You have read the Matane project description (translated above). I don't think that your summation is a fair description of it or of refuge's argument.

 

I was not referring to the Matane project - I've already expressed my appreciation for that - and what I wrote is not a "summation" of the project nor is it intended to be. I'm referring to a subtext in some of the posts in this thread. I don't want to personalize this issue. But you asked me to write what I believed rather than interrogating people, so I did. I'll repeat it for utter clarity:

Unionist wrote:
My view is that the commodification and objectification and hypersexualization of women is a real, huge, and serious problem of the society - that it leads not only to assaults but to every kind of discrimination and humiliation and subordination and marginalization of women. And I am very suspicious of suggestions that the principal way of addressing this societal issue is for "us" to "teach" girls how they should dress and what sexual activities they should engage in.

So you see, Martin, if you agree with what I just wrote, then it would be silly to have a dispute over it, no? Likewise with Refuge or Ghislaine or anyone else. If you don't agree, that's fine too. Just let me know why not.

 

writer writer's picture

writer wrote:

martin: Thanks Unionist. I am sorry myself that I lumped you with Anglo Canadians: you deserved better.

 

Well, I could be very rude here, but won't. My criticism is with the language of the Status of Women, as it appears to be in keeping with the Conservative government's subversion of something that was created in the name of equality.

 

Not once have I made claim to know what the project itself was about. But I can smell what the government is doing with this media release from many kilometres away. Thus "Status of Chattel" and no swipe at the Quebec effort.

 

Please, martin, stop with the kneejerk smear. It really isn't constructive.

Maysie Maysie's picture

Hey, I have no idea what this thread is about anymore! And it's at 112 posts!

So I'm closing it.

Refuge Refuge's picture

Hey Maysie, thread is still open.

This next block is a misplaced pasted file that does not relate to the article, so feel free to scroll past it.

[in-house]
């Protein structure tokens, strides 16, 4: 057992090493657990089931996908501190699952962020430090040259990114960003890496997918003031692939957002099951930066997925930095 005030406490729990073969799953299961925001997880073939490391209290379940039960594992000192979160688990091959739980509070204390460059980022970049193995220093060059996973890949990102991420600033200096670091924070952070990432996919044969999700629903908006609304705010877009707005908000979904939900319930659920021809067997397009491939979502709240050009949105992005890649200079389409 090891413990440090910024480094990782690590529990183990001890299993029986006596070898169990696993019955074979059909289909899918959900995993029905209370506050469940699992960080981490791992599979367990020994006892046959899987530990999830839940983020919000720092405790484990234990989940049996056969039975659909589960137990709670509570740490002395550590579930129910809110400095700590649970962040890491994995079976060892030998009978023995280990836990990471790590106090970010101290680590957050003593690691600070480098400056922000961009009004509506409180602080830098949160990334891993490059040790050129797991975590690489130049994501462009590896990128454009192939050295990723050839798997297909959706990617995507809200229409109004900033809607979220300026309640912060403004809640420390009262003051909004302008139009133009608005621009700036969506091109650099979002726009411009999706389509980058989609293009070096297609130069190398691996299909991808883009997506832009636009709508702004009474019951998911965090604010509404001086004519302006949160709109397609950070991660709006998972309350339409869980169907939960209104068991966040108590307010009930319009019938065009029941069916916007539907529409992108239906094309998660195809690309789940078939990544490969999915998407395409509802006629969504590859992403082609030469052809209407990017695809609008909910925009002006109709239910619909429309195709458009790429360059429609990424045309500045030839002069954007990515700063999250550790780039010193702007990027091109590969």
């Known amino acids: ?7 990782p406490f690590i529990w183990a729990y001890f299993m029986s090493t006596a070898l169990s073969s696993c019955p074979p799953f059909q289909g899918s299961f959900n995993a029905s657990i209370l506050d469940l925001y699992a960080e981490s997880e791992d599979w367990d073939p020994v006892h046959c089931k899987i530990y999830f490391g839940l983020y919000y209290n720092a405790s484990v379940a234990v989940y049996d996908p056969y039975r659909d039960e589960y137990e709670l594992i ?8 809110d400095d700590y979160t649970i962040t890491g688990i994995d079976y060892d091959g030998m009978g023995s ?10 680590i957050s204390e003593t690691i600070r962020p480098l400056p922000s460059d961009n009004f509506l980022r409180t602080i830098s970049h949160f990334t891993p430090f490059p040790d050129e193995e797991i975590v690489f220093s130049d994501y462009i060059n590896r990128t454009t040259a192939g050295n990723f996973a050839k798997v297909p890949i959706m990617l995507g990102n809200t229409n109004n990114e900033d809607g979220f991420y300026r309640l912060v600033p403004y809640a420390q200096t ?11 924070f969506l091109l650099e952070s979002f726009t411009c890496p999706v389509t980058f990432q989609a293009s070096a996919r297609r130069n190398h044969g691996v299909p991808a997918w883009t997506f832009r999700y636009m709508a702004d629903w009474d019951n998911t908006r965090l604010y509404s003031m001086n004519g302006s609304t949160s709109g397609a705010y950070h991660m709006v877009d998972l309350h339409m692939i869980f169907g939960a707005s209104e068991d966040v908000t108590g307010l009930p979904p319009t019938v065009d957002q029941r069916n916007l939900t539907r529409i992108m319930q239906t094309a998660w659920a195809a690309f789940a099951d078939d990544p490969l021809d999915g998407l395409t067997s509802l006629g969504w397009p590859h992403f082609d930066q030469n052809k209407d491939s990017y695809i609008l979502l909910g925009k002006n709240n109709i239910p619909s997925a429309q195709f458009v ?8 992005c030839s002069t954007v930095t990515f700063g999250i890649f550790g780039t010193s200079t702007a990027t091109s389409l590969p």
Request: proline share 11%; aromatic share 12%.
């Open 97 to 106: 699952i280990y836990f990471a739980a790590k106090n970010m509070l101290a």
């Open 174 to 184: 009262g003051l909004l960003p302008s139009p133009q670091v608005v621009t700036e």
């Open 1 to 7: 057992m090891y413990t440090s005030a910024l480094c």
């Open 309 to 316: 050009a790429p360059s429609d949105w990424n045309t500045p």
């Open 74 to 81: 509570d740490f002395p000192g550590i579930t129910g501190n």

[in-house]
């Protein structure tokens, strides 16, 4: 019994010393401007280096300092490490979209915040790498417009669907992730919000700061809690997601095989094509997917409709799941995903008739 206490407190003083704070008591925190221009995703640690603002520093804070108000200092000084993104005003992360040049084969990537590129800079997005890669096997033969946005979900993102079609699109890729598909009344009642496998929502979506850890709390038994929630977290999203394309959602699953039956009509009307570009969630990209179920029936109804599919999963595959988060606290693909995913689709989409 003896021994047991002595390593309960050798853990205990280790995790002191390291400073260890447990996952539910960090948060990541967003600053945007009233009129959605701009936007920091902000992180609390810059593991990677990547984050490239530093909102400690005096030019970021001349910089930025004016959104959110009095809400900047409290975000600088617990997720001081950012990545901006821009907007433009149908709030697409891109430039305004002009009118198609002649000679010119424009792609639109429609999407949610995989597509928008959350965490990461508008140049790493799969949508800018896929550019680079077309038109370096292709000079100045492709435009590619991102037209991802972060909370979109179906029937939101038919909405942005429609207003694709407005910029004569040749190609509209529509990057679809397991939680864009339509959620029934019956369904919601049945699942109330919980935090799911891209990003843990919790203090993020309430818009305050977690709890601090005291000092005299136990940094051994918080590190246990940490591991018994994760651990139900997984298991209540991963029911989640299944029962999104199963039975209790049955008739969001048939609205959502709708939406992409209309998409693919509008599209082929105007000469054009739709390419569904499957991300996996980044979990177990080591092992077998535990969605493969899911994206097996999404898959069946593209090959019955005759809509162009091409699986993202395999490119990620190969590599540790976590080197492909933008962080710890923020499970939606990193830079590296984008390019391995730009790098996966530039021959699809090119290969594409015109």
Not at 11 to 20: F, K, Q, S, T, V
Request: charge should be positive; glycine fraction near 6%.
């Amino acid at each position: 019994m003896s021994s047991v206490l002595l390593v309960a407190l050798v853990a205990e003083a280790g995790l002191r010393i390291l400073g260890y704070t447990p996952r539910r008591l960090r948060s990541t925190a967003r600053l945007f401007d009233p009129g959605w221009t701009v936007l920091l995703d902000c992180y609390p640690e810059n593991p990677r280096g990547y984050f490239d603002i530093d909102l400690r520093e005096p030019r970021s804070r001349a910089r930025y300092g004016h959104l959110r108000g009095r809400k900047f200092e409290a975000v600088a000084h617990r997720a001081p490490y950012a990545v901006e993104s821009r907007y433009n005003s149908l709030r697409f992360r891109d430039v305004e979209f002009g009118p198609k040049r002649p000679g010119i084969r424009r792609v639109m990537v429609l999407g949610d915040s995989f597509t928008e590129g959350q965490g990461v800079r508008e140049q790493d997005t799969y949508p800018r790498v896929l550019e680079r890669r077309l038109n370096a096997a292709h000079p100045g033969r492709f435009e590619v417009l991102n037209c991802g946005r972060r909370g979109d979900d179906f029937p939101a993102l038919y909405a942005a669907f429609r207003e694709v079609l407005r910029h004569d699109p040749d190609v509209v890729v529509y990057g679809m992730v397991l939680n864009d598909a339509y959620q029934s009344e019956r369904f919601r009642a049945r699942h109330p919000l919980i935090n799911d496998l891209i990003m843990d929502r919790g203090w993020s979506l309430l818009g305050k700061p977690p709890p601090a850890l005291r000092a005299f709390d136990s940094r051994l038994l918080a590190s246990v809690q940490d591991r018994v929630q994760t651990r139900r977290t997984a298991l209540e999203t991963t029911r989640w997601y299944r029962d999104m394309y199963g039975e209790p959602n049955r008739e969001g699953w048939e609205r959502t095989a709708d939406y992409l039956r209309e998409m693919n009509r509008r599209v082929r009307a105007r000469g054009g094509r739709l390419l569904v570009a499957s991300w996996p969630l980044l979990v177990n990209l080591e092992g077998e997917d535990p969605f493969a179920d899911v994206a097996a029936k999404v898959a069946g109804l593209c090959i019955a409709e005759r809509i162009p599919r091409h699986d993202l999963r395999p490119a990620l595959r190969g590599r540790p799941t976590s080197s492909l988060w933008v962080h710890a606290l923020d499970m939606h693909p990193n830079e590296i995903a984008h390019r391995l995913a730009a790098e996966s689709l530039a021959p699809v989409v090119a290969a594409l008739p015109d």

Since it is I just want to clarify my position, Unionist. You are suggesting a causal link between the two problems and I did no such thing.

Problem one ( of many ) of hypersexualization

Girls feel pressured to fit in, to be cool, to be accepted by both other girls and boys by dressing sexy. This is a problem. They need information be able to see what is happening and why so they can choose themselves how they want to dress and not give into peer pressure if they are not comfortable.

Problem two

Boys objectify women and may stop seeing them as people and more as a score on a score card which makes it easier to assault someone if your attitude is they are not really people.

writer writer's picture

It is definitely not about the chosen focus of the first post. And I would be thrilled to bits to see it closed.

Unionist

Ok - so the "dressing sexy" issue is just to encourage girls to have freedom of choice in dress matters - it's not related to the problem of dating violence and sexual assault? If so, that's fine, although I would venture to suggest that not too many resources be poured into a lost cause. When the style of low-slung jeans was pushed at girls, they almost all wore them - to the point where my daughter (the one within the age range at the time) convincingly stated that it was tough to find any other kinds. That style, of course, has now come and gone. Individual freedom in matters of dress among preteens and teens is pretty illusory, and I don't think it's worth fighting.

As for objectification of women - not just by boys, but by everyone - and its nefarious consequences, of course that must be fought, but having some educational programs can only be an adjunct to women winning this battle in the overall society. Girls who see actual women attaining equality and exercising it will be a lot harder to grind down and objectify.

 

remind remind's picture

men and boys objectify women, not everyone else.

Refuge Refuge's picture

Yes, Unionist, that is exactly what I meant. In terms of it being a lost cause, speaking as one of the girls who benefited, learned and became who I am because of a program similar to that I don't think myself or the people I was with was a lost cause. Also the boys that I went to high school with participated in a similar men against violence campaign and it dramatically changed some of their views and I don't think that it was a lost cause.